Ambassador Wonekha also said a surge in American tourists to Uganda will also positively impact on other sectors of the economy. For instance, “with 30 percent of American tourists also in search for investment opportunities, the volume of investments from the United States to Uganda will result in new investments in various sectors. She also said the recently launched East Africa Tourist Visa has already gained appreciation across the travel industry as an important milestone in the region’s tourism.”
However what Uganda’s Ambassador does not realize or chooses to ignore, is that while Ugandans continue to assert their right to enact laws that persecute a minority of their population, citing their sovereignty, we in the West are reminded that until such time as they respect the world view of human rights, that which they openly denigrate, they can forget about their participation in a global economy, and certainly when it comes to the North Americans spending it on Ugandan soil.
Lest we forget President Museveni’s words that he is declaring war on the world’s gays.
In November 2014, Uganda is scheduled to host the 39th Annual Congress of the Africa Travel Association (ATA) in Kampala, an opportunity for Uganda to showcase her tourism potential, and for local tour operators to develop partnerships with their counterparts in North America. We in the LGBT community, worldwide, plan to target each and every attendee of that Congress making our case for boycotts.
By virtue of its law and the onerous “promotion” clause, which provides for years in prison for those caught engaging in the so-called act of “promoting” homosexuality, it is impossible for Hotels, Banks, Industries, Airlines, to operate in Uganda with impunity. Many of these international corporations employ and advertize on their website fully inclusive diversity policies, to include LGBTI people. How will tour operators handle having to tell its patrons from the “debauched” West not to engage in same-sex activities on Ugandan soil? And unless these businesses and operators specifically redact their all inclusive language, they could in effect be guilty of a crime, punishable by years in prison in Uganda, for so-called promotion of homosexuality. It will be interesting to see how many operators will be willing to take the risks.
Please keep an eye out for follow up posts which will include naming all the partners and members of the NTA – and what specific communications and actions we have undertaken. There will soon be calls for action. Not a single tour operator will be spared.
UPDATED 4/24/2014 6.30 AM PST:
I sent an e-mail to Steven Richer, who attended the meeting with the Ambassador of Uganda. He responded immediately Here is the E-mail response:-
Melanie:Yes, I do have a reaction.Uganda’s position as officially expressed through the “Anti-Homosexuality Act of 2014” was mentioned in our meeting.The release you saw was issued by Uganda without consultation or permission from NTA or me.I have send an e-mail letter to the ambassador specifically stating that the “Anti-Homosexuality Act of 2014” and its provisions will find NTA tour operators seeing Uganda as unwelcoming and that the only way to change this is to repeal the legislation.NTA does not support discrimination anywhere.Please call me to discuss this further.Thank you.Steve Richer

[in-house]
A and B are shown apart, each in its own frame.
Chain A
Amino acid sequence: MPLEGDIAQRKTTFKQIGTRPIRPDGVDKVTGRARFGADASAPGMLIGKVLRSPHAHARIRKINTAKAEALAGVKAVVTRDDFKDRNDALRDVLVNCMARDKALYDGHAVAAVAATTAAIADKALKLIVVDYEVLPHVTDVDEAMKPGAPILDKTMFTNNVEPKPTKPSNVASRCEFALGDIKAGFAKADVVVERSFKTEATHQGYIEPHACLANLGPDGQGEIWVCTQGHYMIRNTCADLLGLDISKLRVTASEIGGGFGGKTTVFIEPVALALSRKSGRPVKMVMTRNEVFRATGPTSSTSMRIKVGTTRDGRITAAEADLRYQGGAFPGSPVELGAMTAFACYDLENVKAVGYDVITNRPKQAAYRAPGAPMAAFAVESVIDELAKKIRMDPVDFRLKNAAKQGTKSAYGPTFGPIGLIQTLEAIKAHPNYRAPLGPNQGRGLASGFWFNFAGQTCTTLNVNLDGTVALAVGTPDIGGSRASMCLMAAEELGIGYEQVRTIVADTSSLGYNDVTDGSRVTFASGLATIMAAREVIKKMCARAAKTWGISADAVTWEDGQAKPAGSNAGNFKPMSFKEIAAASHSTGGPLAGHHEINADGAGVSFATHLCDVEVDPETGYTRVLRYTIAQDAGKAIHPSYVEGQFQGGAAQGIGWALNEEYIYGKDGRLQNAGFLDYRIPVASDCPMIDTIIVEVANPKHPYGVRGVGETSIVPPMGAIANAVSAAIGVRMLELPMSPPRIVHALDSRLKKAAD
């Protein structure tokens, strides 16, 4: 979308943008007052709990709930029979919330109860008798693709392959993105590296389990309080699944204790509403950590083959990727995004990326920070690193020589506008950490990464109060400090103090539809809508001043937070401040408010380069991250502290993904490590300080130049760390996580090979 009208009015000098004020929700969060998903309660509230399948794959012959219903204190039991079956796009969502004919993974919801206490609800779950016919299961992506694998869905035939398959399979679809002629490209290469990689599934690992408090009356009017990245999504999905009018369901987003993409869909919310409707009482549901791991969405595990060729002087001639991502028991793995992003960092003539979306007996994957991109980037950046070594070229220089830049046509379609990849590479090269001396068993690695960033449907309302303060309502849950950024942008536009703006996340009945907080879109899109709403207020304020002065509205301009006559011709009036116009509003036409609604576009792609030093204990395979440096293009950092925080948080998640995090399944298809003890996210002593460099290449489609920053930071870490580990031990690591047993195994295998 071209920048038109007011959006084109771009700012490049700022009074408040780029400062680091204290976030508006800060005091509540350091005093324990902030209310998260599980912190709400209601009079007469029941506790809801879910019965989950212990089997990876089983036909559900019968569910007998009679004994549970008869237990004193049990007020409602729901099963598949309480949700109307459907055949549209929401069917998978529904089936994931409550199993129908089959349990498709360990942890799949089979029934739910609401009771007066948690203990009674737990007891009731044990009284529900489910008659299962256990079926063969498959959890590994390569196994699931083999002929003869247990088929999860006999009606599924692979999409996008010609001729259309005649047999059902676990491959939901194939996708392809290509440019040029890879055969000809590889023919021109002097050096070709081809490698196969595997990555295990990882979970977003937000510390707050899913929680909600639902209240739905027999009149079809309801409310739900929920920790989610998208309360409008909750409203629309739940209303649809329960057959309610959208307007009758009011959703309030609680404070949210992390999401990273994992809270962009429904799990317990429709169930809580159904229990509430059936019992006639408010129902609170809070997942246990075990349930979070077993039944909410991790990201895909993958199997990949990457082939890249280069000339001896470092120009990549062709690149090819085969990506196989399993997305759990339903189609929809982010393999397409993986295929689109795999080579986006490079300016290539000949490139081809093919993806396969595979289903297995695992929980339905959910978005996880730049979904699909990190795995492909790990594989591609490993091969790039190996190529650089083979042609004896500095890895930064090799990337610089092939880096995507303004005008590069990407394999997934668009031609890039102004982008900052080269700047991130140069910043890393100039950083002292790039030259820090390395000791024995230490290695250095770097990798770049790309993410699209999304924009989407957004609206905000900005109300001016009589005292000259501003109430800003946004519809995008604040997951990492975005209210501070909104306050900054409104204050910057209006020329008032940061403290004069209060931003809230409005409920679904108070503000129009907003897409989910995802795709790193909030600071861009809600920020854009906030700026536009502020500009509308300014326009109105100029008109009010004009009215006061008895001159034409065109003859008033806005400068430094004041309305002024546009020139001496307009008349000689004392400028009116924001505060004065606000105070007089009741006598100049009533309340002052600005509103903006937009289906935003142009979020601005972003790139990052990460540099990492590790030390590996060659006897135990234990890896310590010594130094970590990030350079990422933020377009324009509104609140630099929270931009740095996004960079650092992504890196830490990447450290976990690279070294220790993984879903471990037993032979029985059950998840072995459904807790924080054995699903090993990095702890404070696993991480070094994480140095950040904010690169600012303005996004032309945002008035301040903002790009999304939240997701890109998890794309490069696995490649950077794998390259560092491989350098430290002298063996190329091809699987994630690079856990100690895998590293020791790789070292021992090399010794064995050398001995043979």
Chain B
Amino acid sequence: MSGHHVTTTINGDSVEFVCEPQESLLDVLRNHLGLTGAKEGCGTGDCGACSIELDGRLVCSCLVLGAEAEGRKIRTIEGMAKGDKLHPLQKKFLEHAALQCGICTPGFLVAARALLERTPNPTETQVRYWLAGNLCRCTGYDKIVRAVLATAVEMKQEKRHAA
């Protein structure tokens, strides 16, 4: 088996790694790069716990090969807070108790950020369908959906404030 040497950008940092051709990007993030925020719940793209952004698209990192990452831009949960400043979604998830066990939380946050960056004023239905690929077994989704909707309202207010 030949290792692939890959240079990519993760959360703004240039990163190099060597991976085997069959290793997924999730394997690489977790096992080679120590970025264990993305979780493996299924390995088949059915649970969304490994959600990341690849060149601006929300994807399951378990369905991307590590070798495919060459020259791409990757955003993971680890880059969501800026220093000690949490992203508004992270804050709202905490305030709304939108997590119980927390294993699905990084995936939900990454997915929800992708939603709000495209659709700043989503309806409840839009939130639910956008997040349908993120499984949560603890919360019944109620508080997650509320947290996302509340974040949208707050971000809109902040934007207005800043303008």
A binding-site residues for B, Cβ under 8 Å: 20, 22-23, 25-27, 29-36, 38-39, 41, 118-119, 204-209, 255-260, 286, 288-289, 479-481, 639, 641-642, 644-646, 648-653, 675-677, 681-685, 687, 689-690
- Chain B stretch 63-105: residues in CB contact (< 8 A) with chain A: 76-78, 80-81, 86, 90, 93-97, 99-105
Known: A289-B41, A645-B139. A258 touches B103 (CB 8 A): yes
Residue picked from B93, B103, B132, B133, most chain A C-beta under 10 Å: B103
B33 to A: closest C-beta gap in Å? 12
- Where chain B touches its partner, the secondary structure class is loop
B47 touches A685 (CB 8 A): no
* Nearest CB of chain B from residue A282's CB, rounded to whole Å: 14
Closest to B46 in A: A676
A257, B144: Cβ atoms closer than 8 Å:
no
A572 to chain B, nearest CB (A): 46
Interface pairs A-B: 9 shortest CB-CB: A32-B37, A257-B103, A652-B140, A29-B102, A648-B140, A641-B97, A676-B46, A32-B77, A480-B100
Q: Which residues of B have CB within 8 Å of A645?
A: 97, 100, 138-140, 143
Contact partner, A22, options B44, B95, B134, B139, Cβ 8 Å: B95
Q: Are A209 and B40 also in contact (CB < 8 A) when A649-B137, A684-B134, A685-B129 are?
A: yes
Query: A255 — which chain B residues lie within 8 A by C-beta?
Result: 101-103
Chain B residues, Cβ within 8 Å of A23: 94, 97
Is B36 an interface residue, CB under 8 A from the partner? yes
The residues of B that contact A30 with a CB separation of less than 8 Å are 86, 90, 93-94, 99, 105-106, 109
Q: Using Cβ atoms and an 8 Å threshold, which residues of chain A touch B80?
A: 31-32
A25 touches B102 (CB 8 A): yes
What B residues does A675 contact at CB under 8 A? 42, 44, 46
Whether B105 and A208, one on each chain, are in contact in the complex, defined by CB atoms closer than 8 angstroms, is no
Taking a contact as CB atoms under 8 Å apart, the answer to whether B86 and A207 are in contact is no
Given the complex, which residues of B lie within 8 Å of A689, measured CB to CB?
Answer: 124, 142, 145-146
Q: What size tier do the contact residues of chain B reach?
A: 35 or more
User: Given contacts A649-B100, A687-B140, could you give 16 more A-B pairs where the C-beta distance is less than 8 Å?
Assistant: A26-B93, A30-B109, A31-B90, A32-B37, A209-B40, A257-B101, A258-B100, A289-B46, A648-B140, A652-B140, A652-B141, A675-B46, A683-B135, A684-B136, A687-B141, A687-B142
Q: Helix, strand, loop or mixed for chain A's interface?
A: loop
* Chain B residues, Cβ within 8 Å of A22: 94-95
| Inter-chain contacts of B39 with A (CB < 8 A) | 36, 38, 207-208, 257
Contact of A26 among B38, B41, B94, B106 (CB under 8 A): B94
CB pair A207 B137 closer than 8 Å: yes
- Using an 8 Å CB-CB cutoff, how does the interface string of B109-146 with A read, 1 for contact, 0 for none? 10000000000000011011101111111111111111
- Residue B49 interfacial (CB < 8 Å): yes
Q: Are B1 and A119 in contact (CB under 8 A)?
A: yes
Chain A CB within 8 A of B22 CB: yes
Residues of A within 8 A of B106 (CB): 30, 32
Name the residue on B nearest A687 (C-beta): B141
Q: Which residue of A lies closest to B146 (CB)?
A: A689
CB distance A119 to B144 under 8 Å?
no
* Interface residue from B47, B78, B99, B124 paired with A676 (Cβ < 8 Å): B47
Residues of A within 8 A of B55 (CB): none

I called Steve Richer. It seems that the Ugandan Embassy called the NTA for a meeting on the question of tourism. Mr. Richer attended the meeting, brought up the Anti-gay legislation, expressed disapproval, and sent an email about it to the Ambassador, to which the Ambassador did not respond. Apparently the Ugandan Embassy wrote the release on its website without consultation from the NTA or Mr. Richer, and there was ‘no agreement’ between the NTA and the Ugandan Ambassador as alleged in the Ugandan post on its website by suggesting a partnership. It seems that the quote the Ugandan Ambassador applied to Steve Richer was misappropriated from elsewhere. Mr. Richer informed me that the NTA would be issuing an official statement in response to this article and the meeting it held with the Ugandan Ambassador.
I asked Mr. Richer if the NTA would be taking a more proactive stand on this issue to go so far as to denounce the AHA to its membership and if it would be willing to go so far as to recommend to its members that tours do not operate in Uganda until the Anti-Homosexuality law is repealed. He deferred to the person who will be dealing the NTA official position through the Statement which we hope will be released today.
HERE is the Photo-shot of the Ugandan Ambassador post upon which this article was based and which the NTA denies approving:
CONTACT FOR NTA –
FROM THE NTA WEBSITE:
*With members in more than 40 countries, NTA is the leading business-building association for travel professionals interested in the North American market—inbound, outbound and within the continent.
- Government Relations Committee: The Government Relations Committee determines the annual priority issues and provides general direction for government relations endeavors. The committee is composed of NTA members who have an acute interest and knowledge in public policy. NTA’s Washington, D.C.-area office is known for working cooperatively with NTA members and other travel sector issues, having an excellent relationship with travel and tourism leaders in Congress, and being a leader on national tourism policy development.
For more information on NTA’s government relations efforts, contact the NTA Public Affairs office.
Steve Richer, CTP (You will note his name appears differently on the website when compared to the Ugandan embassy Post information as contained in this article.)
Public Affairs Advocate
Ph: +1.703.739.6890 (office)
800.682.8886 or +1.859.264.6540 | Fax +1.859.264.6570
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3 thoughts on “Anti-Gay Uganda’s Ambassador Partners with National Tourism Association NTA in U.S.A.”
Reblogged this on JerBear's Queer World News, Views & More From The City Different – Santa Fe, NM and commented:
Rewarding extreme homophobia – not good.